A Guide to the Federal Budget Process

Sarah Jaffe speaks with a labor economist about budget basics, what's next in the process and what you can do, along with the "big gorilla in the room."

A Guide to the Federal Budget Process

Office of Management and Budget Director Mick Mulvaney takes questions from reporters during a briefing in the Brady Press Briefing Room at the White House on March 16, 2017 in Washington, DC. (Photo by Chip Somodevilla/Getty Images)

This story is part of Sarah Jaffe’s series Interviews for Resistance, in which she speaks with organizers, troublemakers and thinkers who are doing the hard work of fighting back against America’s corporate and political powers.

In this edited interview, Jaffe speaks with Mark Price, a labor economist at the Keystone Research Center, a think tank in Pennsylvania. Price explains the president and Congress’ role in the federal budget process, what to expect next and how citizens can make a difference.



Sarah Jaffe: Let’s talk about the basics of the budgeting process. President Trump released his draft budget, which was horrifying, but most of us aren’t familiar with the process.

Mark Price: The president’s obligation is to put forward proposals for the full scale of the actual budget, including non-defense discretionary spending. Then, it also includes typically mandatory spending priorities — Medicare, Social Security and food stamps, for instance, are in that category. The president has put forward a proposal for just the non-defense discretionary spending — about a third of the budget — and what his spending priorities are in those areas.

Obviously, a lot of people reacted to that. It is a laundry list of cuts in discretionary spending that had long been put forward by various groups over the last several decades. For example, the Reagan administration first proposed eliminating the Appalachian Regional Commission and once again, it is on Trump’s list of cuts. Various folks have recommended things like cuts and reductions, but the president here is recommending eliminating the program entirely.

Basically, the president puts forward his initial budget, and it now falls to Congress to hold hearings in the various committees on the president’s priorities and then form its own budget resolution. That points to where people can have an impact, because it is ultimately going to be the decisions that our congressional representatives and senators make in that next step of the budget process. They are going to be heavily influential in teasing out how much of the president’s priorities are in each of these areas if they end up becoming law. As the name of the budget implies, it is skinny and has deep cuts to non-discretionary spending, but also he didn’t do a big chunk of his job, which is essentially talking about the other parts of the budget. Perhaps those will be coming forward. We have until April for Congress to put forward its own budget resolution, its own priorities and spending in each of the areas that the president has proposed.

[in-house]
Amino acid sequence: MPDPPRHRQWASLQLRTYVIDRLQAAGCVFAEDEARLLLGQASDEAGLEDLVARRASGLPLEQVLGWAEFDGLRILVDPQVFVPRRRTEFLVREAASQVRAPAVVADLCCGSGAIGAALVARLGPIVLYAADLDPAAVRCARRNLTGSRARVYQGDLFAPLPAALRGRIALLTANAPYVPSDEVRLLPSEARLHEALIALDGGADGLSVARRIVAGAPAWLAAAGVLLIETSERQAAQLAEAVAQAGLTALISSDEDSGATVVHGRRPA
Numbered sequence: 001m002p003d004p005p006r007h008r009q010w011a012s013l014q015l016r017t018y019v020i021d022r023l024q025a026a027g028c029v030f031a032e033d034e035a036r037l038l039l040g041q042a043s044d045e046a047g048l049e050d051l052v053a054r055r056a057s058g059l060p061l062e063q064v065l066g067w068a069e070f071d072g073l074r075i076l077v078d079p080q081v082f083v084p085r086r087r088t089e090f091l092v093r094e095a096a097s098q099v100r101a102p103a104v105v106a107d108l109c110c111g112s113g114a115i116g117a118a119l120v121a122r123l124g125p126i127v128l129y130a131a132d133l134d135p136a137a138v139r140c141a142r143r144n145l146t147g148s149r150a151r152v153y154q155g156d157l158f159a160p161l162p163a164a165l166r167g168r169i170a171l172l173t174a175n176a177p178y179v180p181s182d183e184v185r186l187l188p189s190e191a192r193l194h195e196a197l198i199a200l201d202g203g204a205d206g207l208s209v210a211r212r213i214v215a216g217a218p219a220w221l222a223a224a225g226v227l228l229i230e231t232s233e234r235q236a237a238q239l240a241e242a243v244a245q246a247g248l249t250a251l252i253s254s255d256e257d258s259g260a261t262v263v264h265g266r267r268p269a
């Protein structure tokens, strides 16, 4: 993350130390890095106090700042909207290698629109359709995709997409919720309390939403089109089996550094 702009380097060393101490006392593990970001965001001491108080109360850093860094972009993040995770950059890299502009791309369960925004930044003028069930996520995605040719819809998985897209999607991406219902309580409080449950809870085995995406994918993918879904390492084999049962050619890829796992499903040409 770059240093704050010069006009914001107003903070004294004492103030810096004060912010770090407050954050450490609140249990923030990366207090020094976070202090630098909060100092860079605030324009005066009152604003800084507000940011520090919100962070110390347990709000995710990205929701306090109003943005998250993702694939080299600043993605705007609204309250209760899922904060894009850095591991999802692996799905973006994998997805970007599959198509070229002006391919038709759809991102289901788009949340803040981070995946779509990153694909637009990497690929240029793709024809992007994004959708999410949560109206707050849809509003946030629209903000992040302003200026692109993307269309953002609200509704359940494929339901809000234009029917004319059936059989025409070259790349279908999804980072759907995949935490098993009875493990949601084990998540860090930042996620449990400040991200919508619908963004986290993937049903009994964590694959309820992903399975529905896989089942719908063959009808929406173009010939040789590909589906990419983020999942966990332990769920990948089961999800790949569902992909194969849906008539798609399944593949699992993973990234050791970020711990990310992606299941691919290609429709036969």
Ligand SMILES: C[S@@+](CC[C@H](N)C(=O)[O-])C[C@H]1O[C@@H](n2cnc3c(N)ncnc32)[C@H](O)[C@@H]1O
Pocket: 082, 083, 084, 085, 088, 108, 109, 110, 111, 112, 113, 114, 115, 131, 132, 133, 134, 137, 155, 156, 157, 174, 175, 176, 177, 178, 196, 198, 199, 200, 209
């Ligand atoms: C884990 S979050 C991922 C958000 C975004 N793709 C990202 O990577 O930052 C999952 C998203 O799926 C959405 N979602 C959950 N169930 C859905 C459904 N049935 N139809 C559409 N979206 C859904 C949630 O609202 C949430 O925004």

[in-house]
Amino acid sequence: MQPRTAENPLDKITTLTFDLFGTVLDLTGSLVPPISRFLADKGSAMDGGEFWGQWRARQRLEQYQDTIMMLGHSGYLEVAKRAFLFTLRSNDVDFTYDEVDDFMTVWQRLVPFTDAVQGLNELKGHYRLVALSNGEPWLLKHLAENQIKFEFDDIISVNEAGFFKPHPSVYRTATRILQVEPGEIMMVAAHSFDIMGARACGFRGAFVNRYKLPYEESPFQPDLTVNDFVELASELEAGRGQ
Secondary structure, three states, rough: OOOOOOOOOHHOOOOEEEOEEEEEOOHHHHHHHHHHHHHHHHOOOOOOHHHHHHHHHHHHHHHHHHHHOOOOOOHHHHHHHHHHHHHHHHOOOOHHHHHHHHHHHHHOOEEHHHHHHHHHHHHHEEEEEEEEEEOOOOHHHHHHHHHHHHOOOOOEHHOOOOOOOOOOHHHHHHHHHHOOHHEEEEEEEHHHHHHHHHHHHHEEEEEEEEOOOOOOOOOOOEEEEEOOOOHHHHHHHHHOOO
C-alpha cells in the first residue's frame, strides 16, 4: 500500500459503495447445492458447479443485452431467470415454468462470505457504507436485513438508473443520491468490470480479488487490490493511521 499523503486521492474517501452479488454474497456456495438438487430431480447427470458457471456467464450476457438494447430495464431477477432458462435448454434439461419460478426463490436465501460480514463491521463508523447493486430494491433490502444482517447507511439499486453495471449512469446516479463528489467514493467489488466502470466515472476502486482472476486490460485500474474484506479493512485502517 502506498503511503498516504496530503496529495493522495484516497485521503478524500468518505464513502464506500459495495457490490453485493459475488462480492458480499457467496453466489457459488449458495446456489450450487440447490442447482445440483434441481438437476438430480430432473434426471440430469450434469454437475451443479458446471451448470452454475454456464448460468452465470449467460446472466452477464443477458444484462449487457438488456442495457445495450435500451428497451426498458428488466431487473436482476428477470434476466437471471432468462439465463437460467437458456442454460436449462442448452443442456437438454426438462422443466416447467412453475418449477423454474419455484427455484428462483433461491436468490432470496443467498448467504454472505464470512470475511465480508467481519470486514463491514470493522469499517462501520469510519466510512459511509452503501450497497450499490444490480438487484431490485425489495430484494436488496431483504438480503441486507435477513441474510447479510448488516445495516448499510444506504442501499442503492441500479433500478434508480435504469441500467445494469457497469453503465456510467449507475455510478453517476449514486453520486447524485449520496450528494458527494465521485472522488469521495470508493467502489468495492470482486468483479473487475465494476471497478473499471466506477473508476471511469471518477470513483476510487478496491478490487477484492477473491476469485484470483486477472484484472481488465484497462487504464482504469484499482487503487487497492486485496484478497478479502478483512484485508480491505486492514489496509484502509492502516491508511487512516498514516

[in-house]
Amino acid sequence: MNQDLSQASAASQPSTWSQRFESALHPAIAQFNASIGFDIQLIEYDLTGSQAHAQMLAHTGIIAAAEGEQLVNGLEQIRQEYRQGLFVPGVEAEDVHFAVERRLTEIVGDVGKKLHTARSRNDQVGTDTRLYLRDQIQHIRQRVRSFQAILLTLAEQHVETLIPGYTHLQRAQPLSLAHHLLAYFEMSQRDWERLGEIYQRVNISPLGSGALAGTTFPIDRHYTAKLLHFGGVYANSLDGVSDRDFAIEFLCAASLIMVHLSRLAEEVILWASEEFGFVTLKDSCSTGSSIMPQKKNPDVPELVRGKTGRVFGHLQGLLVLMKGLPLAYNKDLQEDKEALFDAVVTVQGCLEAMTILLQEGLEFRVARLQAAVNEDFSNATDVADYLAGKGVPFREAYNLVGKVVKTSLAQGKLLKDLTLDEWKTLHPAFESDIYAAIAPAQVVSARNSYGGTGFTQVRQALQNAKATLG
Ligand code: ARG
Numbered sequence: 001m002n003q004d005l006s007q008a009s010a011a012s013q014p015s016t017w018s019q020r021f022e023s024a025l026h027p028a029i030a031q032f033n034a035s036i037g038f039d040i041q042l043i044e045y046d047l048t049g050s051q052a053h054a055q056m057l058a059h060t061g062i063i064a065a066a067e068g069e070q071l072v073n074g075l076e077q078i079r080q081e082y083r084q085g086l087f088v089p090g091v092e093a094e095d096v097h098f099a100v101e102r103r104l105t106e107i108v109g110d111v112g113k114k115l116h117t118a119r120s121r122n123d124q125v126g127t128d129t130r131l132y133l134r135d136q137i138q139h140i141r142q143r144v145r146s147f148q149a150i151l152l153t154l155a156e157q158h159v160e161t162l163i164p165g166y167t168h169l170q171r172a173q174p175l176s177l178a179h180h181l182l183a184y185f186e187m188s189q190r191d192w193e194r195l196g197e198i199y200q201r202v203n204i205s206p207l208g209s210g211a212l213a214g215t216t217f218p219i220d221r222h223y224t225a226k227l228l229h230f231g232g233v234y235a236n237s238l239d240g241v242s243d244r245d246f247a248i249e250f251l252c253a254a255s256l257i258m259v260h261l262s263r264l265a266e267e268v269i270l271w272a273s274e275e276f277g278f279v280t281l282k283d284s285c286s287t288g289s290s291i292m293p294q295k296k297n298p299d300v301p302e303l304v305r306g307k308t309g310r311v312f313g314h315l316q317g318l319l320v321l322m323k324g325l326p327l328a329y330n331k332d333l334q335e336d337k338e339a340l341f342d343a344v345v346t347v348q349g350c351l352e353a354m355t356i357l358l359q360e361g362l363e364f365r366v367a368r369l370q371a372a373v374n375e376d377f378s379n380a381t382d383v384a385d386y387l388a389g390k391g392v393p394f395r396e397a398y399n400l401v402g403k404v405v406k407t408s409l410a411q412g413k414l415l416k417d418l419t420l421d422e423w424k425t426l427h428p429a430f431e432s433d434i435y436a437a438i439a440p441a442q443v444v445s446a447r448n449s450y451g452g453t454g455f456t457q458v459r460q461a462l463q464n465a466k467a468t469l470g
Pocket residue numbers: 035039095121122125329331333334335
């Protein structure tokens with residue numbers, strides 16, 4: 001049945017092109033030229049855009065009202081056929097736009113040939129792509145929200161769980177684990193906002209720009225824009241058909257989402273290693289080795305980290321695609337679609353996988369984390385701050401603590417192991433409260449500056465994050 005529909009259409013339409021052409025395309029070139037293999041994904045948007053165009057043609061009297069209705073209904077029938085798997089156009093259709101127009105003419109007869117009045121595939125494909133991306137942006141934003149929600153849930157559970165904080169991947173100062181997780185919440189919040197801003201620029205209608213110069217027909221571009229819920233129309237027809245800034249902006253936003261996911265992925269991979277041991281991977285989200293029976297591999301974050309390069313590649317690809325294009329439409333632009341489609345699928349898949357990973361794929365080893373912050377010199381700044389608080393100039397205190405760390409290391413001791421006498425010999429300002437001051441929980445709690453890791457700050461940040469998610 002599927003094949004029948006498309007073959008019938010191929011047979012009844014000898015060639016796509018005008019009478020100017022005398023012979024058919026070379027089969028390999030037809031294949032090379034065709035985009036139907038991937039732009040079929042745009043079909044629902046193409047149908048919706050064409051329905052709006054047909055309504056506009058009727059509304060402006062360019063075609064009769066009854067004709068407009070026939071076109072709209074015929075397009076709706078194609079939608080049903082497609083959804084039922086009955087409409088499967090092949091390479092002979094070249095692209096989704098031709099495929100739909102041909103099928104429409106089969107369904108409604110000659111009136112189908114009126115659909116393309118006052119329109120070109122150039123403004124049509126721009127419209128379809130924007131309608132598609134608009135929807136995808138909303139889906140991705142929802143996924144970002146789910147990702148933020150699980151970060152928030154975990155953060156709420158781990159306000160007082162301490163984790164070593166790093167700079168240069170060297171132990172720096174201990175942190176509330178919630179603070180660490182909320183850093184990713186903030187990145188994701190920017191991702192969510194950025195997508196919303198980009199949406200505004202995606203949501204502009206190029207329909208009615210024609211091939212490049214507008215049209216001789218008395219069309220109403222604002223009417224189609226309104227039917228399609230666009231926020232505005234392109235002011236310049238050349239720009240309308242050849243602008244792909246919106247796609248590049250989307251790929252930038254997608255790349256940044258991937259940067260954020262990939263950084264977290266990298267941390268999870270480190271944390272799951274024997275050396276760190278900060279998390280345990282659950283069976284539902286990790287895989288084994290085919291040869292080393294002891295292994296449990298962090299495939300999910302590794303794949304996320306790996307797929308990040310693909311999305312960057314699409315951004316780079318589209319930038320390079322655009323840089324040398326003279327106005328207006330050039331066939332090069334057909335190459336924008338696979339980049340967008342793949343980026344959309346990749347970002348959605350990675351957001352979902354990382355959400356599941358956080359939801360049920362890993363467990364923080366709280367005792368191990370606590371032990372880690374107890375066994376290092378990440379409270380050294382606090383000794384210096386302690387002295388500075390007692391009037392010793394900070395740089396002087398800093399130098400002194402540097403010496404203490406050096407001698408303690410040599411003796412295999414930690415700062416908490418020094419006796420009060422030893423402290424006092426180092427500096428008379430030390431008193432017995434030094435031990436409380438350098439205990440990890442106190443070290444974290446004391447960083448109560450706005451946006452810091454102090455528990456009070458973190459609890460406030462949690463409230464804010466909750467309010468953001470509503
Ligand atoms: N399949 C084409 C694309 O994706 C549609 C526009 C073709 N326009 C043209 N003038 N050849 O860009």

If people were to show up at town hall meetings to reach out to their members of Congress and let them know they care about these programs, that will probably go a long way.

One of the things that I am seeing, at least, is a lot of energy. People are energized particularly around health care. They are trying to reach out to their representatives. I live in a relatively small rural community, and people are showing up at town hall meetings and giving their representatives an earful on these various priorities, like heating assistance for low-income folks and Meals on Wheels. If people were to show up at town hall meetings to reach out to their members of Congress and let them know they care about these programs, that will probably go a long way. That would probably have a great effect, certainly more than in past years.

I think it is important to recognize we don’t have much of a safety net in the current environment we are in. The Trump administration has set its priorities and Congress is a Republican body at the moment. They have a lot of range of motion, and our ability to shape things really is going to come down to whether we can get individual members to think twice about cuts in programs that maybe make sense from the perspective of ideology, but at the end of the day, hurt a lot of their own voters. I think that is really where the action is going to be, if you can get people organized to reach out to their representatives and shape that second step in the budget process.

SJ: One of the things that is happening with Trump is that people are so thrown by him that they are paying attention to processes that they really normally don’t, and so are not sure what is normal.

MP: It is not the end of the conversation. Is that what you are getting at?

SJ: Yes. Also, I would like to talk about some of the history of targeting some of these programs. As you said, Reagan wanted to make some of these same cuts — and did make cuts — in many of the programs that Trump wants to attack. Trump ran on not being a typical Republican. Can you to talk about the ways in which this budget shows that he very much is a typical Republican?

MP: The pieces of the budget that he has put forward that we are seeing definitely fall into that broad group of Republican ideas about [how] “the government is too large, so we need to reduce spending.” All of the spending reductions in discretionary spending — whether we are talking about heating assistance for seniors, job training programs, student aid for work study or a range of other programs that benefit people all across country — are being cut and almost all the money is going into defense. It is a very typical approach in the sense of deep cuts to social programs — but not necessarily going to deficit reduction — but instead shifting to defense spending.

There is this big gorilla in the room called ‘defense spending’ that seems, at least in Trump’s vision, to be eating up most of that opportunity to reduce deficits.

I think folks in the conservative frame usually want to see reductions in spending overall, but there is this big gorilla in the room called “defense spending” that seems, at least in Trump’s vision, to be eating up most of that opportunity to reduce deficits. Although, again, there are other parts of the budget that we will see going forward, in particular, on health care. As all of this is unfolding, it looks as though the effort on health care is really an effort to go after Medicaid. It is sort of taking advantage of the Affordable Care Act, which was a step forward in terms of providing more coverage to people, but taking it as an opportunity to not only roll back the Affordable Care Act, but really undermine Medicaid. It is reducing the safety net in the other direction, which is the opposite priority of the Affordable Care Act.